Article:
Black love! What an obviously beautiful thing. So why all the fuss? For those who are confused by this question, let me explain…
Historically, it was a common sight to see black people together in a couple. The image of the strong brown man, with this Nubian queen was a staple sight in most black communities. And let’s not forget them chocolate babies…yum! The unity that comes from two melanated humans procreating, upholds the strength and growth of our powerful existence. I’d be lying if I say I’m able to pinpoint the time in which this position began to change from a societal point of view, but I can tell you that Willie Lynch’s letter purporting to know the secret of controlling black slaves by setting them against each other based on a number of physical differences rings similar to today’s racial issues in our society.
In the US, interracial dating was against the law in many states (including all Southern states) until 1967, when the United States Supreme Court deemed that anti-miscegenation laws are unconstitutional. This gave people the full freedom to enter relationships with whomever they desired regardless of their skin colour.
As time ensued, the trend became clear – black men commonly began to date outside of their race, as well as favouring black women of a lighter skin tone. The reason behind this is speculative; you will hear a plethora of trash, and you will also hear a lot of truth but there is no collection of reasons we can attribute to every situation. So was Willie Lynch right? Is pitting blacks against each other based on our skin tone a successful method of breaking down a whole community and halting our strength in numbers? I would have to agree and say yes – the impact of the media (TV, films and magazines) painting the white/light woman as the most coveted prize has had a detrimental impact of the status of the black woman.
It’s clear to see that many successful and high profile black men have chosen to date and marry outside of their race. For some reason, these unions are regularly put under the spotlight which has created a trend at ground zero. Dating lighter females has become the promoted standard for the ‘normal’ guy on the street. It’s not common sight to see ‘popular’ black men with dark skinned women as their chosen partners. What this has done to the image and the self-esteem of the black woman has been immensely damaging. It’s not unusual to read demeaning comments under posts on social media, whether it be black women expressing their anger at another black man without a black woman by his side, or a black man complaining about another black woman acting sour – whatever the case, it’s a sad sight to see our people so divided about a topic that should always bring joy… Love.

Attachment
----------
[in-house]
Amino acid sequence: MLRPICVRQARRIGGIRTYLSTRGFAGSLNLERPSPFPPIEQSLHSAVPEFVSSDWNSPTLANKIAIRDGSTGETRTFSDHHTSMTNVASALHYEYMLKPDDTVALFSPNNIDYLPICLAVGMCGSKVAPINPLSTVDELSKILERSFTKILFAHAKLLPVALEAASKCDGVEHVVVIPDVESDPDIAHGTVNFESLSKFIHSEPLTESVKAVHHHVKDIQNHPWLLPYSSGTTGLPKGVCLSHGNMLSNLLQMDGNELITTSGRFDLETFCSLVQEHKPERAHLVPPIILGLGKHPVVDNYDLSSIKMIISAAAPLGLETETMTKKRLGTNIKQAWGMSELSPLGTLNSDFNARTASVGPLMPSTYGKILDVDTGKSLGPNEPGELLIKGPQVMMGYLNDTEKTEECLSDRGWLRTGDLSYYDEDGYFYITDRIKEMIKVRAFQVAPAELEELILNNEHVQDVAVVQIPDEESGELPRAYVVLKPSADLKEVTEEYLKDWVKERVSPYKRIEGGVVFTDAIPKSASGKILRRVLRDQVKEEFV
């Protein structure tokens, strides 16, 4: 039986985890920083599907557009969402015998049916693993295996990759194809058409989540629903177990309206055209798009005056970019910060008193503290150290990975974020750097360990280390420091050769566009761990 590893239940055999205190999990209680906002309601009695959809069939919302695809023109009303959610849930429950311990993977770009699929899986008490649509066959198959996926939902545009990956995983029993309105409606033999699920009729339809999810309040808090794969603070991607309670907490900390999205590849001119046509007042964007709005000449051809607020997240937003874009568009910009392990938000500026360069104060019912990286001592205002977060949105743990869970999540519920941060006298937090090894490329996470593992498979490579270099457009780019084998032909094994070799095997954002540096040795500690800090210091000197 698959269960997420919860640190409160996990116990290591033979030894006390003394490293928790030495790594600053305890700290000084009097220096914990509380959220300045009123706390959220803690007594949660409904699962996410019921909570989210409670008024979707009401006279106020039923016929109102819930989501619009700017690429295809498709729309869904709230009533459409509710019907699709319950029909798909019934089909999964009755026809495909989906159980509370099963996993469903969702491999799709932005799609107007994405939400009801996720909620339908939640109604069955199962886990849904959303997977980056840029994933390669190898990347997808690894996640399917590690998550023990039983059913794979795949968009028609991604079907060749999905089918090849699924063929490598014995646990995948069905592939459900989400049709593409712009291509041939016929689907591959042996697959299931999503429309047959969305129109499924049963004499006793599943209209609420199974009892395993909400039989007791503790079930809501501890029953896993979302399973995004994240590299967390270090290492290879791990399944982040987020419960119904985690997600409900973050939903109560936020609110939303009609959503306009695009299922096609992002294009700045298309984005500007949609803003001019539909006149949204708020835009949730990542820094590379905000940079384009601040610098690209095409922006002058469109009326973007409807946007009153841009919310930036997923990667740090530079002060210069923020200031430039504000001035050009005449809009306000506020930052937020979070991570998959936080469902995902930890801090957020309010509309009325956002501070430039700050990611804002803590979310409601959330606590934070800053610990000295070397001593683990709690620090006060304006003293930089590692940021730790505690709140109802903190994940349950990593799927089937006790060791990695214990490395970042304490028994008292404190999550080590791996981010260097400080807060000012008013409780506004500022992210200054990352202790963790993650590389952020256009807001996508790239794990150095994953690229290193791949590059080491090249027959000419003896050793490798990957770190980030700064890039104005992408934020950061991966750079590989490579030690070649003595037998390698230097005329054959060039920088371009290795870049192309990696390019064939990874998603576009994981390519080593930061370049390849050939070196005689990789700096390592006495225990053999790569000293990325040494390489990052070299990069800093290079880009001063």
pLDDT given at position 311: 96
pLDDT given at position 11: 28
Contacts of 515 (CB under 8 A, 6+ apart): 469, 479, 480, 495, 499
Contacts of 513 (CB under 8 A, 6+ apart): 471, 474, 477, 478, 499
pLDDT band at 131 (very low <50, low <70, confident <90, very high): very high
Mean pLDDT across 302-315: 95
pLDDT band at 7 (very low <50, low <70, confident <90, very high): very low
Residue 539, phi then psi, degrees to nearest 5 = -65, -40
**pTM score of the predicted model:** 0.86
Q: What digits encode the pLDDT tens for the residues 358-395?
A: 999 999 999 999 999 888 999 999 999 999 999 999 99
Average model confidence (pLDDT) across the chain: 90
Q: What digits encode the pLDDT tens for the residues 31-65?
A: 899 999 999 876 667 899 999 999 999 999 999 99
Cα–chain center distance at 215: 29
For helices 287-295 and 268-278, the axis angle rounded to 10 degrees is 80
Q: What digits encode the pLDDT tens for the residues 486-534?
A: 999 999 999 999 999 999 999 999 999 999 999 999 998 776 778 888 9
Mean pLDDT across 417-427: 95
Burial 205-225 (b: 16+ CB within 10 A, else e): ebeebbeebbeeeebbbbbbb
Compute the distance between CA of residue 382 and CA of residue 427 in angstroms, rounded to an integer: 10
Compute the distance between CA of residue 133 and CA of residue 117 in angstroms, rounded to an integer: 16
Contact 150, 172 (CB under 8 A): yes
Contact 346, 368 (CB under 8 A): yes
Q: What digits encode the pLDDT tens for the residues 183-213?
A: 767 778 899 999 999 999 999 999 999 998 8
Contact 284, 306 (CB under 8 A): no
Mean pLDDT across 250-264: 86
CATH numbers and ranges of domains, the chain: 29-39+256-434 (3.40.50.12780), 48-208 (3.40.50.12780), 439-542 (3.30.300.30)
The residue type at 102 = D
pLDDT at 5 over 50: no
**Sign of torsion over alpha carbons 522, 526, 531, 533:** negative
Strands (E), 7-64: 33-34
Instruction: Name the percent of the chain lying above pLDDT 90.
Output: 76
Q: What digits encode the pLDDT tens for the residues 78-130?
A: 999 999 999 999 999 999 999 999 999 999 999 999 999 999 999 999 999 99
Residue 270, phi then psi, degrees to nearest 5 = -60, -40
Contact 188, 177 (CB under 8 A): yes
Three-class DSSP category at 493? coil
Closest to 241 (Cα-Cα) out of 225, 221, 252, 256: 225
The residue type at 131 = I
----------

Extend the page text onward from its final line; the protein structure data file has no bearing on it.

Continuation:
My choice has always been to date black men – is this completely conscious? Quite so. Why? Not just because I see and hear all of the negativity in public forums about black love and wish to champion such a union, but I also genuinely see black men as Mecca (however, if Brad Pitt walked into my life right now, it’s highly likely that I may experience my own entanglement!). I do ask myself – why is race such a complicated topic within the black community? Why are things that are ‘normal’ for other races, such a thing for us? Why do I, as a liberal person and lover of all humanity notice so much when a black man overlooks a darker skinned woman? Why am I somewhat bothered by this – not on a personal level, but on a representational level? There are so many questions that show me that the issues run deep, but in the long run love wins. But the love I’m talking about is not the love for someone else, but the love we have for ourselves.
If you are choosing partners based on the dislike you have for yourself, the love that you’ll experience will never be the genuine love you were put on the earth to redeem. The love will be shallow, conditional and replaceable. We all have the freedom to choose who we want to be with and we can and should enjoy this right, but it’s vital that we look at ourselves in the mirror before we choose to buddy up with a partner. If you are the type of person to shame others for choosing a ‘type’ of partner you wouldn’t pick due to your own internal issues, I urge you to stop because it’s embarrassing. Using unkind words (which unfortunately black women seem to bear the brunt of) which makes others question their own choices as well as marginalising a whole group, is only prolonging the slave mentality created by our oppressors. And targeting your own race is truly mind blowing.
Regardless of what the media publicises, true black love does exist:
Black love is just as beautiful as any other love. Your choice of partner should not be treated as a status symbol – if you do choose to do this, you are missing out on the love you truly deserve. And just as a kind reminder, show all woman the attention and respect that makes them feel desired, rather than stripping away their confidence, even if you don’t wish to be with them.
The moral of this blog post is know thy self, then you can authentically choose whomever you want to be with.
Sending love and light always.